Visual effects studio Alt.vfx was established in 2011 and creates visual effects for video content both here in Australia and abroad, with clients in New Zealand, the US, Canada and Japan.
But what has that experience been like for them, and what has Alt.vfx learnt?
My Business speaks with Alt.vfx's co-founders, executive creative director Colin Renshaw and executive producer Takeshi Takada about what exporting has meant for their business.
The exporting experience
“The US and the Japanese markets tend to be a lot more considered, longer time frames; there's a lot more preparation in projects,” Colin says.
“It doesn't necessarily make for a better result, it's just a different process.”
In comparison, work produced in Australia tends to have tighter budgets and timelines.
“The things here tend to be a little bit more, we're working in a faster pace, and sometimes we've got a few more restrictions with budget, but that creates a certain type of energy around a job, which we really thrive in”, says Colin.
He advises that each region has a unique aspect that has to be considered.
“For example, the Japanese market has a very unique approach to the ideas, creative, the editorial; it's very, very specific for Japan,” he says.
“The US, again, has a certain style, sense of humour, which is quite different from Australia's.”
And what does Australia have that other regions don’t? Our respect for our comedy.
“One of the things that we are lucky [to have] in Australia is we have, there's a certain … irreverence in the humour,” Colin says.
“We tend to get away with things here that you wouldn't necessarily get away with in the US or Japan in terms of ideas and concepts and pushing the boundaries of things.
“The process tends to be a little bit more free-form, and the involvement of the director and the creatives and creative team tends to be a little bit more collaborative.”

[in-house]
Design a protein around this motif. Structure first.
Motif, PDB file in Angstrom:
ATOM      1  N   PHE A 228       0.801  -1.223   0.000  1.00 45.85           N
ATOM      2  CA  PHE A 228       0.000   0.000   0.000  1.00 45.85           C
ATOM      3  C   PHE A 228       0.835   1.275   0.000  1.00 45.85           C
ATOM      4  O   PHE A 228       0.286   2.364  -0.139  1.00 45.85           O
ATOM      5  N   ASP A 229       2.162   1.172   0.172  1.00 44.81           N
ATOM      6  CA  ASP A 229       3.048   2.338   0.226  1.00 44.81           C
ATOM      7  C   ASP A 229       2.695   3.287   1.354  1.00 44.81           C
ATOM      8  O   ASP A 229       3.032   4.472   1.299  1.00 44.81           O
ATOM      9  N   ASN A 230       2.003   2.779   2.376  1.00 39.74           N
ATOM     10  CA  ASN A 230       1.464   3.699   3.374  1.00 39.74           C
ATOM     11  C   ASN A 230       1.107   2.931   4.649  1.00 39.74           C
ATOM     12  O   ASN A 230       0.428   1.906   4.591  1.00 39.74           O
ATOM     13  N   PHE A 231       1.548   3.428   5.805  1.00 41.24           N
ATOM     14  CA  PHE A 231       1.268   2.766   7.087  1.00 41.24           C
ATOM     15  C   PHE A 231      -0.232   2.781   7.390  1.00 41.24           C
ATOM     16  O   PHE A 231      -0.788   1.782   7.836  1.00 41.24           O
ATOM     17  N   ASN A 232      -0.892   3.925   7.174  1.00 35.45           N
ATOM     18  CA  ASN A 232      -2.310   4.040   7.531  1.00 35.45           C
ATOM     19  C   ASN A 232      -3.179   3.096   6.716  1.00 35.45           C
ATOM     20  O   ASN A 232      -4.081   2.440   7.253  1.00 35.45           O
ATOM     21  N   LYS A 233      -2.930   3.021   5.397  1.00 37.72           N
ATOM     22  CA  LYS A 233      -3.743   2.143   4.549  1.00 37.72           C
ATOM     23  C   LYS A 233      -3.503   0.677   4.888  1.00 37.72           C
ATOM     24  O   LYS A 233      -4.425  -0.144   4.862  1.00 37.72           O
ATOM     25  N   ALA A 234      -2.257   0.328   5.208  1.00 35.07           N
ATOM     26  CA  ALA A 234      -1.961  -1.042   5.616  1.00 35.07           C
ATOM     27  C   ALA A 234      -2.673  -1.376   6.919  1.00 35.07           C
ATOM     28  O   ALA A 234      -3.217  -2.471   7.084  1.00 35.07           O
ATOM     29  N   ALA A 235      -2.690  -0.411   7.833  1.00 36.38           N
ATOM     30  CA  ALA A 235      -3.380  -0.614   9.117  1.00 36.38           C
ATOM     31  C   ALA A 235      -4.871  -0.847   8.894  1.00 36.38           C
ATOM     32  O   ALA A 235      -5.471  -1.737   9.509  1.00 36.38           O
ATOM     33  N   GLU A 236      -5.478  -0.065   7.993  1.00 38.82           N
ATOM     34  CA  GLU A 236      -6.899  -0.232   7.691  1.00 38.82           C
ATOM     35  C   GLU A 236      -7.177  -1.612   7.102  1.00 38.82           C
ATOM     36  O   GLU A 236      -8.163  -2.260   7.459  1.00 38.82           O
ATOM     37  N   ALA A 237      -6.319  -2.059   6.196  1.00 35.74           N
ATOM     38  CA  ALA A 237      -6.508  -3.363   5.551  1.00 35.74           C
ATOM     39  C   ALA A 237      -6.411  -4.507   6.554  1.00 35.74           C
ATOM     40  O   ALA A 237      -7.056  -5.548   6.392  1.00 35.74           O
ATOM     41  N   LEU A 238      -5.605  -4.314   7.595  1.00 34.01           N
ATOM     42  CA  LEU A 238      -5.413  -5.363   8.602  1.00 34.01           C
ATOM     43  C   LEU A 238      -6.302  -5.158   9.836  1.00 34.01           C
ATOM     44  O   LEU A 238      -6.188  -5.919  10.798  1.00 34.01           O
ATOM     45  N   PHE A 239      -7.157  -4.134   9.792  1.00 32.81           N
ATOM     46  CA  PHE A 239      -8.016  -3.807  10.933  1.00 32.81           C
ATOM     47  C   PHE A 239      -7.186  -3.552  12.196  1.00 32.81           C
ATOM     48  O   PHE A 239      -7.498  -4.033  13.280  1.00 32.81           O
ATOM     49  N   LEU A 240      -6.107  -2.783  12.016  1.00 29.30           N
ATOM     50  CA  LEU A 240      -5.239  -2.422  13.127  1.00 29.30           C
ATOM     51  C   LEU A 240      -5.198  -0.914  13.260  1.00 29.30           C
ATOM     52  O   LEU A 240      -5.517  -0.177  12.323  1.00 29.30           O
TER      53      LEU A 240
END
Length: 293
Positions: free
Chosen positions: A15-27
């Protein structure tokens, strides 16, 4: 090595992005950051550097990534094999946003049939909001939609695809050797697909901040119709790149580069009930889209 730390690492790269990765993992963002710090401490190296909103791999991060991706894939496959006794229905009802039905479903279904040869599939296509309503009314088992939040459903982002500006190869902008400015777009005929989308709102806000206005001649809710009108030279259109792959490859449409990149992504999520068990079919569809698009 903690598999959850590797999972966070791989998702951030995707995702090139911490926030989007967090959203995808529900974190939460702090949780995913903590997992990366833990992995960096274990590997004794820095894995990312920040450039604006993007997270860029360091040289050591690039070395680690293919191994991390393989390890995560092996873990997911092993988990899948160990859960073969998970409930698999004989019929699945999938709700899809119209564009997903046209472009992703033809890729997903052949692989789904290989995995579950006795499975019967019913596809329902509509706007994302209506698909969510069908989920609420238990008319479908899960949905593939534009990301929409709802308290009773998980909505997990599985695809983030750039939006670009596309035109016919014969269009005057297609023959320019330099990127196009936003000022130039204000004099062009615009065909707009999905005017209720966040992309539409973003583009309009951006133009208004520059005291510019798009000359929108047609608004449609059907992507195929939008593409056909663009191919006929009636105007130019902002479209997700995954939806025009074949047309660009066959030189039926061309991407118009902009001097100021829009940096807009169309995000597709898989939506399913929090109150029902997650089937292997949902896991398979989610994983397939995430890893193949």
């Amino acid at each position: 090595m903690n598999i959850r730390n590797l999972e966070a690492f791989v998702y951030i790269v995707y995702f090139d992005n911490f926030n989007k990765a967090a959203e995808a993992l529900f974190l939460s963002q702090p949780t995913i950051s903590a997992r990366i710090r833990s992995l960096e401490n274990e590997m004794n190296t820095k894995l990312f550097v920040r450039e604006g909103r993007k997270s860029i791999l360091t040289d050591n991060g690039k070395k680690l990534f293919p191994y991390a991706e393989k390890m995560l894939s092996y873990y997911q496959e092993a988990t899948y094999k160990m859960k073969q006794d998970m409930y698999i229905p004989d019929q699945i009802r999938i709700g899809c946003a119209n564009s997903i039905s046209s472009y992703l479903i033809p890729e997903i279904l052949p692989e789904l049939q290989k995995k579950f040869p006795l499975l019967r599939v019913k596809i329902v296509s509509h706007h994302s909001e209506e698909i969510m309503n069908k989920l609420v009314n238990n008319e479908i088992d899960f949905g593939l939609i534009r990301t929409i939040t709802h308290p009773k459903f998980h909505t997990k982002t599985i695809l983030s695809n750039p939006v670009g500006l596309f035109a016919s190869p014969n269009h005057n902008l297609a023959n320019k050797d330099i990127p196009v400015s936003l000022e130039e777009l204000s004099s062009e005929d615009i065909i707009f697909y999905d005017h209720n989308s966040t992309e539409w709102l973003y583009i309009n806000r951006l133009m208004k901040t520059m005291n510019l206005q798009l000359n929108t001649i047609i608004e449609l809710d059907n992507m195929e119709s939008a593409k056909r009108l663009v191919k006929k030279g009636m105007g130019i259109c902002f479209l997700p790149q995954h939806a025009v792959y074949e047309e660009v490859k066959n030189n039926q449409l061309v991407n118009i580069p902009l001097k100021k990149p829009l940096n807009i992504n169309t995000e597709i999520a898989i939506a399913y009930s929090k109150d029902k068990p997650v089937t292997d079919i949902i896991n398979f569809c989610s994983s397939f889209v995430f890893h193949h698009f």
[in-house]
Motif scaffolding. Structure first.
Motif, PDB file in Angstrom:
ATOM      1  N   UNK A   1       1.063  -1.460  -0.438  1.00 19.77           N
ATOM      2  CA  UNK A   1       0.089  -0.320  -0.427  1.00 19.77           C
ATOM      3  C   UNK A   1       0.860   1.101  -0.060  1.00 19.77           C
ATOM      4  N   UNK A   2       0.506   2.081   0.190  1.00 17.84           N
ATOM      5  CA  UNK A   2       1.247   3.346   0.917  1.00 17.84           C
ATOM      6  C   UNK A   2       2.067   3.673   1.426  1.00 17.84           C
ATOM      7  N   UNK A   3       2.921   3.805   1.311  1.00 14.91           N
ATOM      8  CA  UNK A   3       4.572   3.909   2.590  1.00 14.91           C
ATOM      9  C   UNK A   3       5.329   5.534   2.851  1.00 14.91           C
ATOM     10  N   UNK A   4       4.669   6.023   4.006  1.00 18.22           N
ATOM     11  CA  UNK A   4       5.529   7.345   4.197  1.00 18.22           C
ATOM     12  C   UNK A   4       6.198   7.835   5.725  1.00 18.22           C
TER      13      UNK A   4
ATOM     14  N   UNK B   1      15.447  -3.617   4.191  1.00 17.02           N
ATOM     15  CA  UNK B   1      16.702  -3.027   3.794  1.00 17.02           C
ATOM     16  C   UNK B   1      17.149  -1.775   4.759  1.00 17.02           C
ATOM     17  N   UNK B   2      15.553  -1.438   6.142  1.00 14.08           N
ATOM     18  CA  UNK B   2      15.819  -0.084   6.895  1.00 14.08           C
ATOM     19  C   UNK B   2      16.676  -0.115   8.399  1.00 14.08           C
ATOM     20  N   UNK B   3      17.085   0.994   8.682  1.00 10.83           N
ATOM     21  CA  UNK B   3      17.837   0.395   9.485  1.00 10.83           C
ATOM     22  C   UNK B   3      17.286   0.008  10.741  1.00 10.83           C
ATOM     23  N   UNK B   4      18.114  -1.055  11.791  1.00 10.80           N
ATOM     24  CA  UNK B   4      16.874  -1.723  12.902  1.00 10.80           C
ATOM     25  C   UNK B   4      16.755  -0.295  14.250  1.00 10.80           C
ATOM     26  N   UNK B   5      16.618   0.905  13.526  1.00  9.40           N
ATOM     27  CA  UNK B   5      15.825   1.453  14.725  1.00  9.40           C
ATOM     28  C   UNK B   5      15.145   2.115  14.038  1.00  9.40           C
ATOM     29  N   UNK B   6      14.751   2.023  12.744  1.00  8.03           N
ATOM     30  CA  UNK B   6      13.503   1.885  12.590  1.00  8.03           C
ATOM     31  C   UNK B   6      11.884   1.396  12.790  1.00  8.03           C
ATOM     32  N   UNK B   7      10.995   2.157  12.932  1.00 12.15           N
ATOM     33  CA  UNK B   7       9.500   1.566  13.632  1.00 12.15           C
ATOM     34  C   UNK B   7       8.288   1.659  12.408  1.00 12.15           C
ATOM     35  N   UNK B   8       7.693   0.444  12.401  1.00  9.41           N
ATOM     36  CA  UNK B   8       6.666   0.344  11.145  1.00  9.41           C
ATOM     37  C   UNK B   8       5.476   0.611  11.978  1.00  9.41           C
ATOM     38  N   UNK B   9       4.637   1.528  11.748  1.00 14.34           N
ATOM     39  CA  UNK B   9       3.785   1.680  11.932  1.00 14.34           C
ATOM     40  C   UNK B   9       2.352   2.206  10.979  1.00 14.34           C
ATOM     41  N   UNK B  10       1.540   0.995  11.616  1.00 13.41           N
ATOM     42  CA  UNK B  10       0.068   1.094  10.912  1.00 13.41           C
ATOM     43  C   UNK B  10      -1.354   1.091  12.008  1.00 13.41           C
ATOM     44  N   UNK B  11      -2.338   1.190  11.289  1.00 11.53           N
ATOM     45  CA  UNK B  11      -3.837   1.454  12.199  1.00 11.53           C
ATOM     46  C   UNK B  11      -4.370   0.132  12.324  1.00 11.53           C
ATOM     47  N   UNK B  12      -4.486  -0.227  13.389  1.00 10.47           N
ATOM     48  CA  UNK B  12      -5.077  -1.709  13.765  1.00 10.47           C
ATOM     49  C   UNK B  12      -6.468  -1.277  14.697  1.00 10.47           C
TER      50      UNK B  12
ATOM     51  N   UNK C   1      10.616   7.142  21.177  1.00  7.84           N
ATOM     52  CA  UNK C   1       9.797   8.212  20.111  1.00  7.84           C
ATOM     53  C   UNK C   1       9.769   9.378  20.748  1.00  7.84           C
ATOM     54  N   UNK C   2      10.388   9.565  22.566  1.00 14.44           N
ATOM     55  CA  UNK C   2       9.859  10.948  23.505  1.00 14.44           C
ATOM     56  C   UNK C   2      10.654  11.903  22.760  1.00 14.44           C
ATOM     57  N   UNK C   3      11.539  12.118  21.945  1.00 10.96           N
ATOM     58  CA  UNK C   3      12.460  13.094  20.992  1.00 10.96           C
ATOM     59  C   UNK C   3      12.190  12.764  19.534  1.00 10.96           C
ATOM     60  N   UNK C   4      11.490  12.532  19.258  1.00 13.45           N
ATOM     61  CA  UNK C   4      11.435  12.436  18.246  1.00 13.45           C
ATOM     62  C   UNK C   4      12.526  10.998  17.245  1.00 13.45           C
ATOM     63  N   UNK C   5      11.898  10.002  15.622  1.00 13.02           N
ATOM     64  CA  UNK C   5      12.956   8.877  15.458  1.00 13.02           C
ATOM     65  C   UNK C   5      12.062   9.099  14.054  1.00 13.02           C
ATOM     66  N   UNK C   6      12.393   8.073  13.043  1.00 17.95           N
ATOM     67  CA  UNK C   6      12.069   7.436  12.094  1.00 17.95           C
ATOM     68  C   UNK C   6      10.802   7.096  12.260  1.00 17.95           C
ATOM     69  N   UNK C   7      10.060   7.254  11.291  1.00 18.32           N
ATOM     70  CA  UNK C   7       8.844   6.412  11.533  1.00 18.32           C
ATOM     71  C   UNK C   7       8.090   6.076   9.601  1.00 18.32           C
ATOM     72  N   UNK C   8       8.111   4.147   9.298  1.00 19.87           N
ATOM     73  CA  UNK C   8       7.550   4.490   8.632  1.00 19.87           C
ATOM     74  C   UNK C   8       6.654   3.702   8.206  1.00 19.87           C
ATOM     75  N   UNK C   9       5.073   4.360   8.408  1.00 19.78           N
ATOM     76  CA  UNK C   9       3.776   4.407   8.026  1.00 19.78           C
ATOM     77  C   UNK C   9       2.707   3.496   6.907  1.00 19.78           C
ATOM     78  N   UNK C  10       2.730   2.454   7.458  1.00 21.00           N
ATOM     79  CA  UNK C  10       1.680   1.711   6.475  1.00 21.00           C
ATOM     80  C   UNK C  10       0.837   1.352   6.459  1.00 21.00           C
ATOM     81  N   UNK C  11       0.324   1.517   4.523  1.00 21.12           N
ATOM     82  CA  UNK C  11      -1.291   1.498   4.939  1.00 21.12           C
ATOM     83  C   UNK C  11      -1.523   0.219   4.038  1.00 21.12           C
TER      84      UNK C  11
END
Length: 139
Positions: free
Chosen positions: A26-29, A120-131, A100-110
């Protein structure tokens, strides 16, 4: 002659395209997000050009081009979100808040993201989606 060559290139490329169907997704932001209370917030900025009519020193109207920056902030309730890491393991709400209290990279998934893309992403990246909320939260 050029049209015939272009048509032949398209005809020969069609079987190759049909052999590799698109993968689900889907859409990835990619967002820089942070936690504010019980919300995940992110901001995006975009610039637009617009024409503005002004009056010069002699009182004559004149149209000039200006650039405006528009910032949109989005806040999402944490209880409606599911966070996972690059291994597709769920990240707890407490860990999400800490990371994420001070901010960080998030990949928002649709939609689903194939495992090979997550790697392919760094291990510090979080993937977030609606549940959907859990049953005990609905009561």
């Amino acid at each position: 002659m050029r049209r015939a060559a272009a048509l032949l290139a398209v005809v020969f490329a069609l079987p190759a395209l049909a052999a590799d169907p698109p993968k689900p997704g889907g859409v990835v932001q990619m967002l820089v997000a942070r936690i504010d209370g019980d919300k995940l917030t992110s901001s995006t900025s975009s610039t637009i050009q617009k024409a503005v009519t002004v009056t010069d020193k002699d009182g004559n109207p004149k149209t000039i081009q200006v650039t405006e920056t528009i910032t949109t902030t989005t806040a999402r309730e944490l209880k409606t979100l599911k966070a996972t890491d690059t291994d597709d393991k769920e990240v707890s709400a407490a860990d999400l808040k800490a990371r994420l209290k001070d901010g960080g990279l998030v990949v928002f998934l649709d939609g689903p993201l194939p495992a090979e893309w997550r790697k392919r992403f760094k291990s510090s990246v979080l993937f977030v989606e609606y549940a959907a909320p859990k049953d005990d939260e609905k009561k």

Managing currency risk
To minimise currency risk, Takeshi (pictured on the right) says Alt.vfx bills its clients in Australian dollars where possible.
"When [working] with American clients we bill them in American dollars, so there's no risk there at all as well, so we don't get too affected by currency fluctuations," he says.
"As an exporter, it is better for us when the dollar is weaker," says Colin (pictured left).
"We've definitely felt the surge in overseas interests in the last year or two, definitely above and beyond.
"The day-to-day stuff ... we obviously have a lot of expenses, we pay people in US dollars in certain areas, so we just try and keep the currency where the currency originated from, and that tends to mitigate our risk."
Takeshi adds: "We've been strategic about it. At the moment, currency's been in our favour, so we are focusing [in] overseas market[s] and we are putting a little bit of emphasis on the US market at the moment."
Exporting advice to keep in mind
It is these differences, and other nuances, that SMEs need to pick up on if they want to export goods or services overseas.
“Take a punt, really. That's what we've done,” says Takeshi.
“If you're going overseas and going to start from zero, make sure you put your best foot forward, and keep at it.”
Colin stresses that if you want to export, you need to have a sound understanding of the market you plan to go into.
“You just can't go in there with the same approach you've done in your own home market,” he says.
“You really need to understand how the clients think, what differences they may have in the way they approach things.”